Technology is challenging to stay on top of. Seems like every day a new tablet, a new smartphone, or a new version of Android is released. The changing legal environment of social networks adds another dimension to technologies complexity. The number of programming languages required for technology development only Zaphod Beeblebrox would be able to count on all hands.
Colleges and universities struggle against rapidly changing technological needs, cuts to financing, and striving to educate students with necessary skills to be productive in a rapidly globalizing workforce. With online educational opportunities such as those offered by OpenCourseware and Coursera growing in popularity colleges and universities could find themselves fighting for relevancy in a few short years.
How, then, to educate, train, and remain relevant?
One opportunity gaining some legs is the idea of “student incubators.”
What is a “student incubator?” A few years ago the buzzword zipping among campuses across the country was “business incubator.” The idea of colleges and universities hosting business incubators was to attract businesses and industries to higher education facilities in order to foster a greater level of involvement between public and private entities. The private sector has the knowledge of the business world and money, while colleges have access to research dollars, students needing to gain experience, and faculty interested in research. The Federal Government encouraged cooperation by tying grant funding to proposals which detailed private and public interactions.
At Ivory Tower State University, a “business incubator” was built 1/2-mile from the main campus. With funds from the Department of Commerce, the Commonwealth, and Ivory Tower State University, an attractive, two-story brick building was constructed on nice property on a busy two-lane state highway. The Innovation and Commercialization Center (ICC) opened in 2002 and has enjoyed pretty much zero tenants. The building was essentially a shell, with the inside to be completed by whoever decided the lease the place. With millions of dollars of construction yet to be done, few startups wanted to dump their investment capital into architecture and design of office space. My point being, the “business incubator” idea was sort of a flash-in-the-pan.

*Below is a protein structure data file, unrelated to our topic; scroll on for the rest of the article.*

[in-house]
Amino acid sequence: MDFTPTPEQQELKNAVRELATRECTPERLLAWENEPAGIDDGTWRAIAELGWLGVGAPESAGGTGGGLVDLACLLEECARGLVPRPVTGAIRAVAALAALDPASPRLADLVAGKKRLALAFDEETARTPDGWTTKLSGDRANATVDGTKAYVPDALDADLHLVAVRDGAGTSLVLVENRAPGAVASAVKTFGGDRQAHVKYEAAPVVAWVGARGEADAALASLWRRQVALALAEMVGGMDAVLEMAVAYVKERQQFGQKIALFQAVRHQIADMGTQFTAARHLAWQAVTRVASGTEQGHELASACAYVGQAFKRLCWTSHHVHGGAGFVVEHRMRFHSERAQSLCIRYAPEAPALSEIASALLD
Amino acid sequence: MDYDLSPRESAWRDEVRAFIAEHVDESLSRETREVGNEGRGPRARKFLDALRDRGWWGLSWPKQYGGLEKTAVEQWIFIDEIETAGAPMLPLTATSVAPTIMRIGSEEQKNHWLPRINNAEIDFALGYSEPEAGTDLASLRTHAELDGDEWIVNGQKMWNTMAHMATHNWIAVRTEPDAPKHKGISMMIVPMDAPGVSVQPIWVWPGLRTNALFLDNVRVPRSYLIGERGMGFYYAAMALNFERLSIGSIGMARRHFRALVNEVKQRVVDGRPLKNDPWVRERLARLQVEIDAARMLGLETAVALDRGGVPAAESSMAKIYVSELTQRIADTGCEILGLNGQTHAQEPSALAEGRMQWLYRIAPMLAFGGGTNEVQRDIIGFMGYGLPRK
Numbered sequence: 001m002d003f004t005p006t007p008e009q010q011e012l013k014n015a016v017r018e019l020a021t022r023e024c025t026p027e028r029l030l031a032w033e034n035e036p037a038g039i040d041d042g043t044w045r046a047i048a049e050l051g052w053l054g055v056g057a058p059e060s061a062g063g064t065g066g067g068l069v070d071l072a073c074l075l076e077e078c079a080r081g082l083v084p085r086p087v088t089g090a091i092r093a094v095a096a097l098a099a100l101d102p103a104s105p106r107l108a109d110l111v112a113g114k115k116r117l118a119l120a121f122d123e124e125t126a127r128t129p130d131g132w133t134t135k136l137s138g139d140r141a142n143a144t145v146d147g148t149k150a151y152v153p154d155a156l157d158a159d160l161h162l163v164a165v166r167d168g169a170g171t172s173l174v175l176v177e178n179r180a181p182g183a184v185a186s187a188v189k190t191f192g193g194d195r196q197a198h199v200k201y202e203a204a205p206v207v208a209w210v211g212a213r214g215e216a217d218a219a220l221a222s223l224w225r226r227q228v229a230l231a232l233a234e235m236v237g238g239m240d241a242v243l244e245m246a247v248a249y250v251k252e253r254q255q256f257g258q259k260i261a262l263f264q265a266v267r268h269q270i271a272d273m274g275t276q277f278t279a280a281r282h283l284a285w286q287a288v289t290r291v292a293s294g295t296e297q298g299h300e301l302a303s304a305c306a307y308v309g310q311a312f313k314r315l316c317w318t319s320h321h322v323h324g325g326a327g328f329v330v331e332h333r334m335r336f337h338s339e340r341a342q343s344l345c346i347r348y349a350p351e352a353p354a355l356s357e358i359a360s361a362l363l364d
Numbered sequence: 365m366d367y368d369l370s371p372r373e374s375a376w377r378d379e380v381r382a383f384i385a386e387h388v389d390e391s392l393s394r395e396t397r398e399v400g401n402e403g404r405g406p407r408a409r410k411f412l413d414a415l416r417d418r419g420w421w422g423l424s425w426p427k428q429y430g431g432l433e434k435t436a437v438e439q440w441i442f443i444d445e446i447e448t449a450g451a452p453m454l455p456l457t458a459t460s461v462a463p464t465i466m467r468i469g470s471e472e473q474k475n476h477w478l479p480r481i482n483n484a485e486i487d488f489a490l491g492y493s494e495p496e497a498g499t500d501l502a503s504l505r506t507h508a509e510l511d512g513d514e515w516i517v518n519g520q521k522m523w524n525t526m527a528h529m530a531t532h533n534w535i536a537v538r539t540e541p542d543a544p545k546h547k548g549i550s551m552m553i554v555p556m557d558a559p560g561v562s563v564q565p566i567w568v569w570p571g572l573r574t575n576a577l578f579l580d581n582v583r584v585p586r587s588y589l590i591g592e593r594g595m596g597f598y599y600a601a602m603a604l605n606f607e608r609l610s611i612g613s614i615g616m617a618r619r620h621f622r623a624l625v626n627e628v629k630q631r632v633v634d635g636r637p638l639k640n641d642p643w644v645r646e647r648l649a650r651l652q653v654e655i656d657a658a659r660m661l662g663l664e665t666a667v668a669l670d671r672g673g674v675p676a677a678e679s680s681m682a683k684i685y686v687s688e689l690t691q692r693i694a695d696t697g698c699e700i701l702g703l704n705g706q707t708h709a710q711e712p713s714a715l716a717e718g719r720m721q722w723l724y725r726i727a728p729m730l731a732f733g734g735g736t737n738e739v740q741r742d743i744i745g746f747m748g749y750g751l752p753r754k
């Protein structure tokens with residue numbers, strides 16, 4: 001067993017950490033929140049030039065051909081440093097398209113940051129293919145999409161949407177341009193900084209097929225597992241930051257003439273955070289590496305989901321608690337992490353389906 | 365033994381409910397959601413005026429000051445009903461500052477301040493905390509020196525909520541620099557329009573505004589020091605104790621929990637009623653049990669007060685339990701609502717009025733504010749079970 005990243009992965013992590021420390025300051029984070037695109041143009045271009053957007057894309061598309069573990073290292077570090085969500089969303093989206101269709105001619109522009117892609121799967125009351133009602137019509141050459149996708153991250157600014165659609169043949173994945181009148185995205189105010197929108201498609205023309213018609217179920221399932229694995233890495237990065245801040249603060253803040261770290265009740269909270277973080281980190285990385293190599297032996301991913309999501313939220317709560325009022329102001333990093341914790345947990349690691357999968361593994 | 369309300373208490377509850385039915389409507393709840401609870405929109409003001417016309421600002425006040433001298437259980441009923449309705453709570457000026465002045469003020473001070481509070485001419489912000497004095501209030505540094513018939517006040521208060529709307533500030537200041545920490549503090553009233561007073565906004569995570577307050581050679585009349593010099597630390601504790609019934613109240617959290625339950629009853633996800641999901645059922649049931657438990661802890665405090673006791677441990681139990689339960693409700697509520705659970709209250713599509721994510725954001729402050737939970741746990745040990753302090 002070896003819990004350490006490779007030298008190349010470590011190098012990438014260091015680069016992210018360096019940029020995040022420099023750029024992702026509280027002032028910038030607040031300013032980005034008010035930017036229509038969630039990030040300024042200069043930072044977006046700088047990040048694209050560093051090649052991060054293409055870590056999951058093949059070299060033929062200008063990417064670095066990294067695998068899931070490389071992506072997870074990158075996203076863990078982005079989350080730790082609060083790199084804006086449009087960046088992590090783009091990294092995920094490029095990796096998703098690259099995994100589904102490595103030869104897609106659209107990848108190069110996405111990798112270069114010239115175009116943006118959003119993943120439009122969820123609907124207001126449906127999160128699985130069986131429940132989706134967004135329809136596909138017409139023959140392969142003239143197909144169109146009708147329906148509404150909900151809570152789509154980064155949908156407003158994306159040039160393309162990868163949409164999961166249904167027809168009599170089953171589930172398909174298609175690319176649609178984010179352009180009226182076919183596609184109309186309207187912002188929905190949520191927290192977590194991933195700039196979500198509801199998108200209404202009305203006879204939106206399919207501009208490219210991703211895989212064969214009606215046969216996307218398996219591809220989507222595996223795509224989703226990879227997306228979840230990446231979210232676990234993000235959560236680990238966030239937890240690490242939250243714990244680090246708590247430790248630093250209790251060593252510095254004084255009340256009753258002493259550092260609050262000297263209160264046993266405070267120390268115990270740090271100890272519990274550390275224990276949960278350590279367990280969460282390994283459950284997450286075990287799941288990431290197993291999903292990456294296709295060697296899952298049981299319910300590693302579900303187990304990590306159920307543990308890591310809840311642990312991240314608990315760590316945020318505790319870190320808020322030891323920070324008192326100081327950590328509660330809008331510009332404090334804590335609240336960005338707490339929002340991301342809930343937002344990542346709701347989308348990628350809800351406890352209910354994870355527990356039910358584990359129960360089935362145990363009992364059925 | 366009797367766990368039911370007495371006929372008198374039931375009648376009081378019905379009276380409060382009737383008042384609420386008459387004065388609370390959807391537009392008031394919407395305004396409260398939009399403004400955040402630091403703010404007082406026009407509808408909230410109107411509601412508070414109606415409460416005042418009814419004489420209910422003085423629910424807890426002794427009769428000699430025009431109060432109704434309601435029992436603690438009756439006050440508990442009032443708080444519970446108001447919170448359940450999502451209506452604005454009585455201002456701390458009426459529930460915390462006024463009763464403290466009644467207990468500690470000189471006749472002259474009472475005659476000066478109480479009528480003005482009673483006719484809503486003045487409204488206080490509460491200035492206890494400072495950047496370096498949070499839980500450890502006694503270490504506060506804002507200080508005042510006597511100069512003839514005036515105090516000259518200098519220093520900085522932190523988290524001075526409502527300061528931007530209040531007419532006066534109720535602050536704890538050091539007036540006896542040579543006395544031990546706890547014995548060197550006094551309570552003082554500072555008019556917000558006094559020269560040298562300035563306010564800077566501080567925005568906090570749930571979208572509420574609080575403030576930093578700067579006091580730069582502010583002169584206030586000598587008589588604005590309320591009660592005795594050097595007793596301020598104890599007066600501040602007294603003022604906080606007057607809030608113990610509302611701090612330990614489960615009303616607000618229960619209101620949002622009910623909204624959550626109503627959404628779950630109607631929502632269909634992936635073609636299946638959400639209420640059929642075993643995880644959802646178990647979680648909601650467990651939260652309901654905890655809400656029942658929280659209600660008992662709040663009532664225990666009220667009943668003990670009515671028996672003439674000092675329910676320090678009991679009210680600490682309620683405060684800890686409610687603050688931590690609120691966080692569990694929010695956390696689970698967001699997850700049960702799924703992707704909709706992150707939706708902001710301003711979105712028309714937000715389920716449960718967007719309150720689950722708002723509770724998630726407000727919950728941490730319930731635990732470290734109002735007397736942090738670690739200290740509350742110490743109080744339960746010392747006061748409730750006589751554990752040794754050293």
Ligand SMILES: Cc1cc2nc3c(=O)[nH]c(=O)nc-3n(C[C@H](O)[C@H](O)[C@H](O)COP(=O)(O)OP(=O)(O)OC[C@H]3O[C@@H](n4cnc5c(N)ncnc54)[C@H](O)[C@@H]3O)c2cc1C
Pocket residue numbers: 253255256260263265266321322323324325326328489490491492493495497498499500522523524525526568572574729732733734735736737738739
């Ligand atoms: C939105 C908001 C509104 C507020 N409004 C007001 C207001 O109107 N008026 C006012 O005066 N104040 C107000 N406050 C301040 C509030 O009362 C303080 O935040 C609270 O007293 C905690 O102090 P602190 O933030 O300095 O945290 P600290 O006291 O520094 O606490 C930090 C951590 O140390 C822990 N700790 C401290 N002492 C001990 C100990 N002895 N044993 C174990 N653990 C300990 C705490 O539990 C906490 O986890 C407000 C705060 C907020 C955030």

Over the weekend, I ran across a piece in the Chronicle of Higher Education which referred to “developing student entrepreneurship.” Student entrepreneurship was to be fostered through “student incubators.” Rather than try to work with mature business and industry partners, colleges and universities are recruiting high school students, community college transfers, and current students. These students are then given the opportunity, supplies, some financial resources, as well as faculty guidance in assisting them with a startup.
For more on student incubators:
Bloomberg Business Week, Sept 23, 2010
Bloomberg News, May 17, 2012
Statesman.com, Austin, TX, May 3, 2012
MichiganRadio, Ann Arbor, MI, April 26, 2012
UCDavis News & Information, University of California – Davis, CA, May 8, 2012
Of immediate concern to many universities is drastic cuts in state funding. In recent memory, universities were able to farm out work to application developers, consultants, and independent contractors. Honestly, many colleges and universities were living high on the hog, and were not doing much to restrain costs. Times are now different, and will remain so for years to come.
Ivory Tower State University is no different. Looking at how ITSU funds projects, I wonder if some of ITSU’s efforts might be better directed to using on-campus expertise. For example, ITSU contracted with an outside developer for a new web site. The only users who enjoy the new web site are those who contracted out the work. The rest of the user community, i.e. the world, believes the new web site is an atrocity. Adding insult to injury the cost of the new design was the equivalent to a new Harley-Davidson Softtail. Personally, I’d rather have the old web site and the new HD.
Why could a new web site not have been created in-house? Could a new web site not be developed by the in-house web team? Or, could the faculty, staff, and students of the Computer Science department have been invited to submit a number of web site prototypes? Or, perhaps even better, why could not a campus-wide contest be offered for the design of a new ITSU web site? Instead, ITSU is suffering under a crappy web site which no one wants to update.
An ecosystem of education, training, development along with the cost-benefit savings of conducting activities in-house could go a long way towards providing real-world experience for students and teaching moments for faculty. A college web site administered by faculty-student teams could provide opportunities for considerable involvement for all parties; the college gets a fresh, up-to-date, low-cost web site, faculty are able to research, explore, develop, and mentor, and students gain exposure to a variety of Internet technologies. Everyone wins.
Colleges and universities need to avail themselves to local talent and encourage, mentor, and nurture students wanting to expand their horizons. Colleges and universities have missions to serve their communities, provide opportunities, and public higher education institutions should be committed to ensuring responsible use of state money. “Incubating” students knowledge and skills seems like a no-brainer to me.